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Tent Reviews: Cabanon Mistral 41

Tent and Awning Reviews Index  >  Cabanon  >  Mistral 41 Reviews

Current Model?
Berths:
Weight:
RRP on date added:
Bedroom inners:
Living area groundsheet:
Pitching Style:
Discontinued
4  (more 4 berth tents)
16.00 KG

1
Fully Sewn-in
Inner first
Average User Rating:
9/10 from 1 reviews

Viewed: 6408 times

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1 Reviews of the Mistral 41

By: Spooley  Reason: I own(ed) one  Made in: 2001   Rating: 

I bought my Cabanon Mistral 41 in 2001, I think, for 145 when it was end-of-range or recently discontinued.

The tent is a classic ridge tent with two bell-ends and a solid metal A-frame at either end. The ridge is a 3-section steel pole.

Erection is straightforward:

- Peg-out the inner tent's groundsheet;

- Erect the A-frame. Ideally 2 people are needed for this, to ensure the A-frame doesn't shear along the line of the ridge, but I have often done it alone;

- Snap three clips along the ridge of the inner tent onto the ridge pole: this both raises the inner tent and braces the A-frame against shearing. It helps to be 6' tall here, to be able to reach over to the ridge whilst avoiding standing on the inner tent;

- Place the fly-sheet over the top. The fly is large and bulky - fortunately so am I so I can usually manage this alone! It's easier with two 'though :-)

- Peg out the flysheet. There are rubber loops sewn into the top of the 'walls' of the inner tent, maybe 15cm above the ground - these loop over clips in the hem of the fly-sheet, holding the walls more-or-less vertical and widening the inner tent near the floor. There are also clips in the middle of the sloping sides of the inner tent which mate with hooks in the sides of the fly sheet. Outside the fly is a mounting ring for a guy and deploying this also pulls the tent wider and tensions things nicely to better resist rain and ensure the fly doesn't touch the inner. No other guy lines are needed, and even these two in the middle of the sides are only really needed in very windy weather.

Although designed for inner-first erection, on several occasions in wet weather I have taken the tent down inner-first: with the ridge pole attachments unclipped, the inner can be neatly folded away along with its integral groundsheet, protected by the fly.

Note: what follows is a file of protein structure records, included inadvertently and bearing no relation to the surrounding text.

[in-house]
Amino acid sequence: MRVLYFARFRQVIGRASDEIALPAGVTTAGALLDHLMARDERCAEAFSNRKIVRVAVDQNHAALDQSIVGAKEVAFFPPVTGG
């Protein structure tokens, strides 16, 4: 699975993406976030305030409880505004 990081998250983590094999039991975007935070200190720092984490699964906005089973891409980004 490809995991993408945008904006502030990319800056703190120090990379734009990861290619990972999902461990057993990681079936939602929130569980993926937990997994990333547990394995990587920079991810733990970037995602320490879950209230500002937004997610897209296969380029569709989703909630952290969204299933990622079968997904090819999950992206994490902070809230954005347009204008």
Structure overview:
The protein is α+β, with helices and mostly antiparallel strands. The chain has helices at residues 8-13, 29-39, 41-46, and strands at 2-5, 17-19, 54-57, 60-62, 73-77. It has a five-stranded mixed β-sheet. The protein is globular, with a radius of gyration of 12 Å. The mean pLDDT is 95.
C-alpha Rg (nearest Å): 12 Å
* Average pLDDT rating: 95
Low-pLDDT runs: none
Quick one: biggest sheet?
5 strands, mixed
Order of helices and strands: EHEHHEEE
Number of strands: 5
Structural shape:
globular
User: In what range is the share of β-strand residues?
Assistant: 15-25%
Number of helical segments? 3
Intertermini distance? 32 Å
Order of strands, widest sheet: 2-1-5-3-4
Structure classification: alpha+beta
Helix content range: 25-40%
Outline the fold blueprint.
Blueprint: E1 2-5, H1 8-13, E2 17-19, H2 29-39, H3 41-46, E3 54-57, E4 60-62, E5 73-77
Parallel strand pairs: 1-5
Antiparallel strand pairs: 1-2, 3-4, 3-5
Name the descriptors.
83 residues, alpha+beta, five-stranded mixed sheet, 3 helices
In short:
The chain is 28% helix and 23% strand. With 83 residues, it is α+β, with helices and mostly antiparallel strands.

I think, on one occasion, I have put it up fly-first, but that was quite an awkward operation.

Although advertised as a 4-berth, the tent usually provides roomy accommodation for two of us with plenty of space to move around two single inflatable beds. In the past we've got 3 single air beds in side-by-side, with the bell at the far end providing plenty of space for bags, clothes, etc. I'm over 6' tall and can stand up in the tent (albeit with my neck bent) -- essential for the comfortable putting-on of my trousers :-)

The inner tent has a sturdy ground sheet fully-sown-in to a polycotton inner. The inner has a 3-sided bell at the far end, and is flush with the A-frame at the front. The area at the front, under the fly, has space for outdoor gear. The front zip in the fly is very solid, and has given no problems in my 15 years of use. Either side of the front fly flaps can be opened (pegged-back or rolled) to several positions - useful in inclement weather to provide a relatively sheltered place for cooking, etc. In extremely wet conditions, I have occasionally unpegged the front of the inner tent and unclipped it from the ridge pole . The inner tent can then be compressed into the back of the tent, leaving space under the fly at the front for 2 or 3 people to wait out the storm!

The canvas fly provides excellent protection against rain and wind, and the metal A-frame makes the tent very stable in high winds.

No problems with the tent over the 15 years I've been using it, usually for a couple of music-festival long-weekend sessions a year, plus a week or so of camping/touring. In the past couple of years, some of the rubber pegging rings are starting to perish due to weathering, so I now carry a pack of spares and usually replace two or three on each erection.

Things I'd look for if a replacement became necessary:

- A better view! There are no windows in the tent, so it can be a little claustrophobic in bad weather;

- A larger area outside the inner tent, for sorting out wet clothes and cooking in bad weather.

At the end of last season I bought a 3m tarp which I've used, only once so far, to provide a large porch. More experimentation will take place this year, but this seems to address both those issues.
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Manufacturer's Description

100% cotton outer canvas ridge tent with enclosed front porch. Canvas outer, Polycotton inner tent, PVC ground sheet.

... there may be more info on their website

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